India is in the final stage of concluding a deal with Bangladesh for sale of 100 MW of power from ONGC Tripura Power Company and has started talks for sale of another 500MW to the neighbouring nation by 2016 as Dhaka seeks to source more power from regional suppliers to meet its rising energy demand, said Tawfiq-e-Elahi Choudhury Bir Bikram, advisor to Bangladesh Prime Minister Sheikh Hasina on power, energy and natural resource affairs.
Bangladesh is planning to source about 5,000 MW of power from regional suppliers like India, Nepal and Butan over the next few years.
“We are yet to decide on the tariff for power purchase under the deals currently being discussed but we hope it would be favourable to us,” said C Choudhur . On a visit to the state, he told select reporters that Bangladesh faces a peak time power shortage of about 5-10% and would look for large power purchase deals as its energy requirement is expected to go up further in line with consumption and higher economic activity. The weighted average tariff of Bangladesh’s power purchase deals now works out to about 6.5 Taka.
Choudhury said the Bangladesh economy is growing at about 6% a year and would have greater appetite for sourcing energy from India. Already it is buying 500 MW from NTPC’s West Bengal plants. Once the final power purchase deals currently being negotiated are executed, Bangladesh would be buying 1100MW from India. For India, Bangladesh is a nearby ready market for the energy produced in the North Eastern region, which is geographically removed from the industrial hubs in the country.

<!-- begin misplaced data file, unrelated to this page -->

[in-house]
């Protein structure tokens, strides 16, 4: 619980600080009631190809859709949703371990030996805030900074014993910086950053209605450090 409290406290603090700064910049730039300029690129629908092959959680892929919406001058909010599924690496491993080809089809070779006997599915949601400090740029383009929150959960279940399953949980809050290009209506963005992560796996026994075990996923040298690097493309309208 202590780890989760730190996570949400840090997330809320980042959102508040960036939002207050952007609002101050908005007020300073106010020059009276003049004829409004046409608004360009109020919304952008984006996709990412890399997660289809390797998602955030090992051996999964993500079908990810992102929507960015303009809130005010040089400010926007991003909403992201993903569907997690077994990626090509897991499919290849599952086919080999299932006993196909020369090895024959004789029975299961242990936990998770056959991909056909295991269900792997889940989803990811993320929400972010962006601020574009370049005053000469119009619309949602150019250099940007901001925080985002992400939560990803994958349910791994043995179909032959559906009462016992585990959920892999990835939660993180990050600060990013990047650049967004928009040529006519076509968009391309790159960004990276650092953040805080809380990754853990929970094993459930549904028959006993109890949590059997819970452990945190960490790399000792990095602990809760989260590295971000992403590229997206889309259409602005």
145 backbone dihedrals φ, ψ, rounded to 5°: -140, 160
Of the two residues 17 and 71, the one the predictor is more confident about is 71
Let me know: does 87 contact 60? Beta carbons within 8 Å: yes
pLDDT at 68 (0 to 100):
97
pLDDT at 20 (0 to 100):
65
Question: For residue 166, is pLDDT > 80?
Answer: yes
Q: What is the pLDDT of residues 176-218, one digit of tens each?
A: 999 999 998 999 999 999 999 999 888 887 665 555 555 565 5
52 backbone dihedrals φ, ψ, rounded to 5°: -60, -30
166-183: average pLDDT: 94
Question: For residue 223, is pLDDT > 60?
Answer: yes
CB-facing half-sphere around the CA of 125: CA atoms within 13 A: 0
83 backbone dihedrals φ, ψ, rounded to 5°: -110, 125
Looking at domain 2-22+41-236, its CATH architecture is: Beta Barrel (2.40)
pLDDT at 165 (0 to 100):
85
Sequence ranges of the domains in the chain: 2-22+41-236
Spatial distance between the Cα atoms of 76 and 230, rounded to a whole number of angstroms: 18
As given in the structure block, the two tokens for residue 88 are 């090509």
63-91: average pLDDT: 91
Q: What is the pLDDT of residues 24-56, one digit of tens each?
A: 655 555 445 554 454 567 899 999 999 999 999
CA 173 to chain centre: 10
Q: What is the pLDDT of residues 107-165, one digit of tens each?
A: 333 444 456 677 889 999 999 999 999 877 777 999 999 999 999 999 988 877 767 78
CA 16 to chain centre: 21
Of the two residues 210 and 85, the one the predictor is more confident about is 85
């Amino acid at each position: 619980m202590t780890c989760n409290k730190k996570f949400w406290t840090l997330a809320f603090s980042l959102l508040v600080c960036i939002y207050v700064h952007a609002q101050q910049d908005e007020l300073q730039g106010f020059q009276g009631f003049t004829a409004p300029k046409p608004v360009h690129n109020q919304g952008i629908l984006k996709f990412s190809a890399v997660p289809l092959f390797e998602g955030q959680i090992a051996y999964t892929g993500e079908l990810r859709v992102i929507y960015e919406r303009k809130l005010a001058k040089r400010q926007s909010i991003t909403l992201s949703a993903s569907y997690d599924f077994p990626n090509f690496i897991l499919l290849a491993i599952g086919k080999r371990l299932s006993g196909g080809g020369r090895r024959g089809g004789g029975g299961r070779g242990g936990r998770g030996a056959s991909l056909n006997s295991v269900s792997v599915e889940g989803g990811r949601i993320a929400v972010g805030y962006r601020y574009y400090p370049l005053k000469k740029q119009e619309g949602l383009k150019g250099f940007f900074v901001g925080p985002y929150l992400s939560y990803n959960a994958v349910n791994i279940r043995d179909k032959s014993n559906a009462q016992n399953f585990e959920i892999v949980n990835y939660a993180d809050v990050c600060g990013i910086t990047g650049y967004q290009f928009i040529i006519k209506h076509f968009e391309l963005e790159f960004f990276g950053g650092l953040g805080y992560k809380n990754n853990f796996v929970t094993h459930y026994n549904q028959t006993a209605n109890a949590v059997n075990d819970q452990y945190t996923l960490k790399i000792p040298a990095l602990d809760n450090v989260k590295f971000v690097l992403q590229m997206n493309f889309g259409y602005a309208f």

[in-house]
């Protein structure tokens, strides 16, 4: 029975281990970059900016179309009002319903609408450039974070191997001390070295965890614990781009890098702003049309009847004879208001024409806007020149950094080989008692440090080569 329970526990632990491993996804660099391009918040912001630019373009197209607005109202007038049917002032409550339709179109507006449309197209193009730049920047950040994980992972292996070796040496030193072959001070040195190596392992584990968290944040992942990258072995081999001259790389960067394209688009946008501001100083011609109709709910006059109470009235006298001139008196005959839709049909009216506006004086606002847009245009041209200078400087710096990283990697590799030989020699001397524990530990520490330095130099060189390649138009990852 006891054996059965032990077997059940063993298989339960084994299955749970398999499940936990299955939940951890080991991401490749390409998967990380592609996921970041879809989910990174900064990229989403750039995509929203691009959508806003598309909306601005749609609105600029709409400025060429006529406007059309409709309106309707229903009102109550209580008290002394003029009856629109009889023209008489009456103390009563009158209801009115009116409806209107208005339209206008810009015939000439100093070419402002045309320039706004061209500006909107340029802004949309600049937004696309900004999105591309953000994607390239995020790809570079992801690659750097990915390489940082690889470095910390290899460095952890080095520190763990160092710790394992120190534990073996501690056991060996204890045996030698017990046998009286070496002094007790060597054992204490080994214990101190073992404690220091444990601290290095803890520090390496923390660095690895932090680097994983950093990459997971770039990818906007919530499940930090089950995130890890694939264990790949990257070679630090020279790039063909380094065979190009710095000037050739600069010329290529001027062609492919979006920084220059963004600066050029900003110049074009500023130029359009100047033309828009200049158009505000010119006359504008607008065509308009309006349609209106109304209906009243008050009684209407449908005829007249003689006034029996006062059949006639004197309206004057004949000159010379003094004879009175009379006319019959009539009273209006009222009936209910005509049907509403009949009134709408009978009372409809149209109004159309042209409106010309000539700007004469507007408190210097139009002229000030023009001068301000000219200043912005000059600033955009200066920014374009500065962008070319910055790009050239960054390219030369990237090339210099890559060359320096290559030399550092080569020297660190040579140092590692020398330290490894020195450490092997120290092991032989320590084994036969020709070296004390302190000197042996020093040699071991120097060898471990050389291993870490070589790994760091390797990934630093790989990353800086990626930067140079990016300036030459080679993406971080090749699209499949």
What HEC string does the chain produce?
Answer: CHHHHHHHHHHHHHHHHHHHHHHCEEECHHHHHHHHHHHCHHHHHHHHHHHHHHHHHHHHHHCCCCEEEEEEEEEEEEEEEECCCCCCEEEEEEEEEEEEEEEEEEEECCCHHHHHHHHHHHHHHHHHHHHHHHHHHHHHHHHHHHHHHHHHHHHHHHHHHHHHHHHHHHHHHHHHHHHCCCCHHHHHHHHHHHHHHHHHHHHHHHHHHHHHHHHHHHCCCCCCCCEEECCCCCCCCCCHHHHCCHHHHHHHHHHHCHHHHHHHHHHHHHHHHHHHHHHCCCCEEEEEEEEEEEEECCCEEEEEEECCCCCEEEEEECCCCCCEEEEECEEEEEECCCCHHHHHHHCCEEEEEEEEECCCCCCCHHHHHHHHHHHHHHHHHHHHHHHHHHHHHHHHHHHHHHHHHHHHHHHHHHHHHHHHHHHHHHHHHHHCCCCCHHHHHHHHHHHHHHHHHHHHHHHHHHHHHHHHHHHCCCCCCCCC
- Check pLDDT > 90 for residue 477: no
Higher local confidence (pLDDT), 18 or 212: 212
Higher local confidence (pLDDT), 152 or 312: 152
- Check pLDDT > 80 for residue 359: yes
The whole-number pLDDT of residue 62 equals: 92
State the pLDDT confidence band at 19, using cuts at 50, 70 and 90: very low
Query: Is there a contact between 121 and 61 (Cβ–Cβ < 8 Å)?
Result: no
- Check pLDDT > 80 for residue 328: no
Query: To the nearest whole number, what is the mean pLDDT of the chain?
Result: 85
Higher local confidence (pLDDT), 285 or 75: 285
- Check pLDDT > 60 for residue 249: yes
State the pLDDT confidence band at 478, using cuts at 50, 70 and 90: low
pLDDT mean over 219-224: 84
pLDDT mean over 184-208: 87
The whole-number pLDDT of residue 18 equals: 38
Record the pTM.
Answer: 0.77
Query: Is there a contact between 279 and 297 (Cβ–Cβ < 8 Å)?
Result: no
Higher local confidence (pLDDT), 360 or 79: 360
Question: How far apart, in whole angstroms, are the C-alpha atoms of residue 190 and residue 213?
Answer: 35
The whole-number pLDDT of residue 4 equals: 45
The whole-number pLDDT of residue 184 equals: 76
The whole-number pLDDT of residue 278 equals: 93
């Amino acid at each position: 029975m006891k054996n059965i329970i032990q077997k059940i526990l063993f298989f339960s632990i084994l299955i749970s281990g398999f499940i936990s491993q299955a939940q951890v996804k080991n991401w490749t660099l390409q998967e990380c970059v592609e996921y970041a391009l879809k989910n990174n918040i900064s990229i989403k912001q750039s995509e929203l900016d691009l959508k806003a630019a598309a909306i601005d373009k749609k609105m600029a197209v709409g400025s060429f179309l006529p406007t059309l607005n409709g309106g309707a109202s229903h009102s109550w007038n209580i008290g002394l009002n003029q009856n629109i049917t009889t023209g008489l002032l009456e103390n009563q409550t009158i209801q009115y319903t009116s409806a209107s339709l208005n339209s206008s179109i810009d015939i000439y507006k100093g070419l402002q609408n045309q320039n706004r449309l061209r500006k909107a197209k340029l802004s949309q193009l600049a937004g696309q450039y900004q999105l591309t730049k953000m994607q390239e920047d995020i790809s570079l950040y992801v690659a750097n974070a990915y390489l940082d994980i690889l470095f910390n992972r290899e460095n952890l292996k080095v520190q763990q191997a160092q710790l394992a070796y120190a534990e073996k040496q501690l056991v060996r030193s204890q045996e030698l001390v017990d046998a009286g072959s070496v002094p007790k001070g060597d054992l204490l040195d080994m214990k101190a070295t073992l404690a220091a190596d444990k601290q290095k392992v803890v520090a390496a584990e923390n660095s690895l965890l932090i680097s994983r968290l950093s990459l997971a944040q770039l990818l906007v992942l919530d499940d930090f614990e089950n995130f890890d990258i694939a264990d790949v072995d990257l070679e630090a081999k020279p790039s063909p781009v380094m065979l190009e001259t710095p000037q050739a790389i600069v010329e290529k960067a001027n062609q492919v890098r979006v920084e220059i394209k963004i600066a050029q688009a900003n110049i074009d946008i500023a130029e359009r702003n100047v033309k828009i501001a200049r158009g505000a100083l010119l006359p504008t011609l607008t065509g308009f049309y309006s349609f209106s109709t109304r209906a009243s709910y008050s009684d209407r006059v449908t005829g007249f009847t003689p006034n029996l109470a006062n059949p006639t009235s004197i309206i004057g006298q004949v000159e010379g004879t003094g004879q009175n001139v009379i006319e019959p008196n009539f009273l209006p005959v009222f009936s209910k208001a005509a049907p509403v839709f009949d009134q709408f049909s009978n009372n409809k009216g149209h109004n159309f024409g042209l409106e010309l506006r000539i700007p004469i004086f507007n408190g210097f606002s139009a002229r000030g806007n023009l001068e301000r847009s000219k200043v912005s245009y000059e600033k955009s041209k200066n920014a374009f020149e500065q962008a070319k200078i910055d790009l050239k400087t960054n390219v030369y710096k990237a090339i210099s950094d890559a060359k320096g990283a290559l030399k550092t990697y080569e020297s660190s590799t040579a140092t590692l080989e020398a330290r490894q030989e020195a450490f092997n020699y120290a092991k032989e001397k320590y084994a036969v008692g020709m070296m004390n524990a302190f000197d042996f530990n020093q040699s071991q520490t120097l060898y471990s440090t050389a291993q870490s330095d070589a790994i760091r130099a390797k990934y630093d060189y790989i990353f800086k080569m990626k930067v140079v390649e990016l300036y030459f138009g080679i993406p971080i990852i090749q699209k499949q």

Choudhury is in Tripura to participate in the dedication of ONGC Tripura Power Company (OTPC) at Palatana to the nation by Prime Minister Narendra Modi.
Bangladesh is exploring co-operation in the energy sector which also covers exploration of oil and gas and joint development of hydro-power with India.
OTPC, a joint venture among state run oil and gas explorer, Infrastructure Leasing and Financial Services Limited (IL&FS) and the Tripura government, has now a capacity of 726.6 MW and supplies power to the entire North Eastern region. The company seeks to provide energy to industrialisation efforts in the area as it would be unviable for ONGC to transport the gas it produces from this region to the markets in more industrial parts of the country.